Pumpkin Spice and Everything Nice

If you were at the Zoo last Saturday, you probably saw lots of animals with pumpkins in their exhibits. While this is adorable in itself, there is a purpose for the pumpkins besides just providing cute photos! Pumpkins were actually given as a form of enrichment, which are activities or challenges we give our animals to encourage behaviors they would naturally exhibit in the wild. Animals all over the Zoo were given pumpkins filled with treats or other Halloween-themed enrichment, all aimed to encourage their natural behaviors and allow keepers to educate guests about the enrichment process.

This year, Britni Plummer (Zoo Keeper, Aquatics) helped to provide enrichment for many of our animals. Every animal receives something different, depending on their individual needs. For instance, the dingoes were given ghosts and pumpkins to encourage their hunting instincts, and our red pandas received bamboo-stuffed pumpkins to encourage foraging. “For penguins, keepers made hanging bats out of cardboard and paper towels. This was to encourage their natural curiosity and chasing behaviors. They were a little skeptical at first, but they love to peck at and chase things that swing and move. With our sea lions, we wanted to encourage a natural foraging behavior so we hid frozen fish inside of small pumpkins. The sea lions had to push the pumpkins around or toss them in the air in order to get the fish out.” While sea lions don’t encounter pumpkins in the wild, this gave them a challenge and forced them to think creatively to get to their fish!

While we offer enrichment throughout the entire year, it’s always fun to do themed enrichment around the holidays for both the animals and the keepers (a little zookeeper enrichment, if you will). After all, who doesn’t love pumpkins?

Check out our animals receiving their pumpkin enrichment this year:

 

buff-crested bustard jessica brita-segyde

This Quirky Bird is Ready To Meet You

Meet J.A.R.V.I.S., the newest animal in the zoo’s African Journey. J.A.R.V.I.S. is a buff-crested bustard, and he’s a bird with quirky behaviors.

Buff-crested bustards are omnivorous, opportunistic hunters and will eat plants, insects, and small rodents in the wild. The zoo’s buff-crested bustard receives a diet of grains, vitamin pellets, tiny mice, meal worms, wax worms, greens, and fruit. Commissary staff chop the bustard’s food into tiny pieces and he eats approximately three ounces at each meal. According to zoo staff, he eats the mice first.

“The tiny mice are his favorite,” says Area Curator Amber Eagleson. “He’s very food-motivated and will go straight for the rodents in his diet.”

Although food gets him out and visible, J.A.R.V.I.S. can be hard to spot when meal-time is over. “He’s good at hiding,” says Eagleson, “but guests can find him if they’re patient and look under the shrubs.”

Quirky behaviors aren’t the only things that define J.A.R.V.I.S. He also has a unique physical characteristic:  J.A.R.V.I.S., like all buff-crested bustards, lacks a hind digit. This prevents his species from perching on branches.  Not to worry – buff-crested bustards have learned to hunt and nest on the ground.

Female buff-crested bustards are the nest-builders in the family. They use what’s available on the ground – clumps of leaves and grass – to make room for baby.

Courtship is also an interesting time for buff-crested bustards. Although male buff-crested bustards rarely fly, a nearby female can render them airborne. If a female were near, J.A.R.V.I.S. would probably try to get her attention with a dramatic flying behavior. Male buff-crested bustards court females by flying up and then careening down, almost crashing into the ground. Just before impact, they reverse direction and fly safely upwards again.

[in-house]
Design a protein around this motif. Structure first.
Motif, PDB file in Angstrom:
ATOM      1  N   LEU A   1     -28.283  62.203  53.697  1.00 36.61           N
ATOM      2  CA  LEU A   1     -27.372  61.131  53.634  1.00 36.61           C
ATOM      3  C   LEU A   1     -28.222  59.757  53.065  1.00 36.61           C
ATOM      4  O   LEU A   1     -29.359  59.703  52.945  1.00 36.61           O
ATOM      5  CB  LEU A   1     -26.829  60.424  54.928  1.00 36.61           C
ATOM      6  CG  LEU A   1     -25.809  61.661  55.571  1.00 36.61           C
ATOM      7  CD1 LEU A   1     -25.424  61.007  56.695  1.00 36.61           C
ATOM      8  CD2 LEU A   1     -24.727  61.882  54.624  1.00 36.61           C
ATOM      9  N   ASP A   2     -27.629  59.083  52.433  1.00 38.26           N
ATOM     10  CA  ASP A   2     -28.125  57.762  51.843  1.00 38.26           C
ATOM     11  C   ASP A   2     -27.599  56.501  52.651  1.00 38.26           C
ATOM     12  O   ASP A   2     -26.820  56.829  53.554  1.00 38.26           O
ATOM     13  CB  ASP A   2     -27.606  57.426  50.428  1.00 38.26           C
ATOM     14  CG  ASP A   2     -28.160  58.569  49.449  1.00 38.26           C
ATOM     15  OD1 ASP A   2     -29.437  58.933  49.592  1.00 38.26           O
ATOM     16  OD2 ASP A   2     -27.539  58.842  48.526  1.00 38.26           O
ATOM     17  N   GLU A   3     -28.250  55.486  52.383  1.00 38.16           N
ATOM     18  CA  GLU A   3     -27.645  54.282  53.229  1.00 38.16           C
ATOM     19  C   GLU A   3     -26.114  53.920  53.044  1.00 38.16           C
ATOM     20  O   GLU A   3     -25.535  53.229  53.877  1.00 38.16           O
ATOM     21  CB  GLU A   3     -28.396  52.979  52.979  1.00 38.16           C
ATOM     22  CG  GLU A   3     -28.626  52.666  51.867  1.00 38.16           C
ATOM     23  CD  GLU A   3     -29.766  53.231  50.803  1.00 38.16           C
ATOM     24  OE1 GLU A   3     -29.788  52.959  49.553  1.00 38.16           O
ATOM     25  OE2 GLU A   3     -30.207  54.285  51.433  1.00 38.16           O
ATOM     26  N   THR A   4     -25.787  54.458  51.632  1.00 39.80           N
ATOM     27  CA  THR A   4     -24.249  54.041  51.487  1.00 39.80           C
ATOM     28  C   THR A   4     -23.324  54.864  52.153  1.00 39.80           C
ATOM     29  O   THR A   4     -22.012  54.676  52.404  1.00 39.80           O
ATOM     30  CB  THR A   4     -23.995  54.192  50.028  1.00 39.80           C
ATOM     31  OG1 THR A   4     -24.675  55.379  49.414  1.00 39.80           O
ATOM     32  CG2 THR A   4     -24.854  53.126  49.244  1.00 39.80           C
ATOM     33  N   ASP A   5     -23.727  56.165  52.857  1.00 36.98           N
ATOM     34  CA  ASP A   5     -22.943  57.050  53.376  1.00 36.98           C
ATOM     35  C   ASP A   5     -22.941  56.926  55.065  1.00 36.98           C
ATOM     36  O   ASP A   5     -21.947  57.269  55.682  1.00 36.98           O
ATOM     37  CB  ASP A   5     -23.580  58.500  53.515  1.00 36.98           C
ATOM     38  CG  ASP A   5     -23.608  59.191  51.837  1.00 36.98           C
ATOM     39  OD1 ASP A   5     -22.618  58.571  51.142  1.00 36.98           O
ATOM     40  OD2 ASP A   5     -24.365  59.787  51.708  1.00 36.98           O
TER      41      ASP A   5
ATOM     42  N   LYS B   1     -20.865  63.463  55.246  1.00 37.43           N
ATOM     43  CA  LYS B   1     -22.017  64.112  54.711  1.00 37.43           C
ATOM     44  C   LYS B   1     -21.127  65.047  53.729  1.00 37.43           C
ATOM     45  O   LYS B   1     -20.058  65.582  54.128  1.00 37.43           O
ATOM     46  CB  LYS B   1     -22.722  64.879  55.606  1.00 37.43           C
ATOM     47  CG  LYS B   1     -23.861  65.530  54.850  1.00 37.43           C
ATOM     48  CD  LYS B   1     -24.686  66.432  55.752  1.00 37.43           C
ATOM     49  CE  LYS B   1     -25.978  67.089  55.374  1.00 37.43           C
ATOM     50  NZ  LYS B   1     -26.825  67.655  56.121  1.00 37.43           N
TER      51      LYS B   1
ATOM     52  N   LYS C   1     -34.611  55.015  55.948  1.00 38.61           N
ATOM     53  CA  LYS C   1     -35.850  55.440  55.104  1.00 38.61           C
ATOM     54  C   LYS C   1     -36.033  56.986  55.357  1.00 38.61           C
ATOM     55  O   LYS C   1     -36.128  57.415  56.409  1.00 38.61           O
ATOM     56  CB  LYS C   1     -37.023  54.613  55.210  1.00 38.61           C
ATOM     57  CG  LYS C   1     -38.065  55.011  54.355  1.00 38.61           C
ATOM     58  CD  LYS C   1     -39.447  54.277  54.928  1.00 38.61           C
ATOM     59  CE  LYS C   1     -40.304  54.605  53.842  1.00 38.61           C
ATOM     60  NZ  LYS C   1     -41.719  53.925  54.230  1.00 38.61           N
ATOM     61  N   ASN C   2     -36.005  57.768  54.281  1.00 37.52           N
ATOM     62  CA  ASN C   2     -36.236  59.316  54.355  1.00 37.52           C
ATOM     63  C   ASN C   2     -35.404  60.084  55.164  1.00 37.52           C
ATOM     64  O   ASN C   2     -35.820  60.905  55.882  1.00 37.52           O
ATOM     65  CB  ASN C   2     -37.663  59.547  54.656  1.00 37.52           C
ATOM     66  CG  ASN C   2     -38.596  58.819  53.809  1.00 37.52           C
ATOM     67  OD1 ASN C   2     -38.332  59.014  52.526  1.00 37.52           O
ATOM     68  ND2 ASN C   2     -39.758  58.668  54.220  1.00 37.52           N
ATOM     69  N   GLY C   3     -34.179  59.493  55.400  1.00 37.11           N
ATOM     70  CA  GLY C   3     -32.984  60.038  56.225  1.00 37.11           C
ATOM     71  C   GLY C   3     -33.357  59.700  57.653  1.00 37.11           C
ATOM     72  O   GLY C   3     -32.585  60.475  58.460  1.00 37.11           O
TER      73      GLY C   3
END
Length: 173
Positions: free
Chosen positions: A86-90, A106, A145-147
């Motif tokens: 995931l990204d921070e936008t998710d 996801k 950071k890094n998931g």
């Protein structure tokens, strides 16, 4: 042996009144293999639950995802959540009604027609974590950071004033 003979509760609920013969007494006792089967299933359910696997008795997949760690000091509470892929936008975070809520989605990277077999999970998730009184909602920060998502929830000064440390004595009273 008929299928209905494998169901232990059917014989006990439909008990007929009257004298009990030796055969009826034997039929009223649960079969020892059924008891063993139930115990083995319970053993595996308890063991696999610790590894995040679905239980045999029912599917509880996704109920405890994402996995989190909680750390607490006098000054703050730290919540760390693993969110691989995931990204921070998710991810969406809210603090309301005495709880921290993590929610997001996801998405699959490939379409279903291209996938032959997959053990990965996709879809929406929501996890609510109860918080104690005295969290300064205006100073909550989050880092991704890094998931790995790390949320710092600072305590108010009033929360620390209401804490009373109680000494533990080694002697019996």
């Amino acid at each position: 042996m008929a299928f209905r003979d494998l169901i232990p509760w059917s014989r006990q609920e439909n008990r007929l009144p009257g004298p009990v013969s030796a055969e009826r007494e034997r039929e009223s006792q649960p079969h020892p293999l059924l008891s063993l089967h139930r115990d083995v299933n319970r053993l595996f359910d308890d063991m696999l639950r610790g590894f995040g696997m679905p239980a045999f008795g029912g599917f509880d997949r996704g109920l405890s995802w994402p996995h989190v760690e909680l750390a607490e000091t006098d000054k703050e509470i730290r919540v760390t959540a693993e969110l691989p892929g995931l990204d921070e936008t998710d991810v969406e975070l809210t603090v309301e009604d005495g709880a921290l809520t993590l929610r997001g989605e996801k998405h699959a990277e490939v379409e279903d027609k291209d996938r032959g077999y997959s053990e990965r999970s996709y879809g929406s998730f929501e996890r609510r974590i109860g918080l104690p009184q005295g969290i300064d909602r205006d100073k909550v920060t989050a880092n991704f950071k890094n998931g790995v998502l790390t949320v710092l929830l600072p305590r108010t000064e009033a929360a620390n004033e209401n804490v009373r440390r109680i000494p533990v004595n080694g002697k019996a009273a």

For now J.A.R.V.I.S. is a butler, er, bachelor. He lives with red-billed hornbills Tony and Pepper* in their exhibit near the swamp monkeys.

Click on the photos to enlarge:

*The names J.A.R.V.I.S., Tony, and Pepper are references to the Iron Man superhero series.

Pig School

Elvis and Pugsley may be known for their good looks, but did you know that they’re smart, too?  The zoo’s Kunekune pigs are already intelligent animals, and now they’re going to school!

Their school is the barnyard and their teachers are zoo keepers.

Zoo keeper Heather Schuh and section supervisor Laura Sievers train Elvis and Pugsley almost every morning.  Schuh and Sievers begin each training session by greeting the animals and inviting them to participate.  If the animals choose to train that day, keepers offer treats each time an animal performs a desired behavior (like sitting, turning, or moving indoors).  The pigs’ treat is a piece of carrot, which serves as positive reinforcement for the animals.  Keepers also follow the desired behavior with a secondary form of reinforcement, like a quiet whistle.

Why train pigs?  Behavior management coordinator Holly Walsh explains the benefits, “Training gives the animals a choice to participate, thereby reducing stress for both the animals and their keepers.  Training also encourages animals to cooperate in their daily routines and also their veterinary care.” Elvis and Pugsley are learning three behaviors that will help with future vet exams:  sit, turn, and hold still. “We use positive reinforcement to teach the animals how to participate in their own care,” says Walsh. 

Animal training sessions happen every day at the zoo, and they’re fun to watch!  Stop by the Indiana Family Farm on your next zoo trip and ask a keeper if any of the animals are training that day.  You might get to watch the pigs go to school.

Click on the photos to enlarge:

 

rooster fort wayne

Indiana Family Farm By The Numbers

The Indiana Family Farm is a must-see attraction at the zoo.  Guests can walk through a working barn and pet donkeys, sheep, pigs, and more!  Just outside the barn is the chicken coop where the rooster crows, and a few yards down the path is the goat yard – where our curious goats are always ready to make a new friend.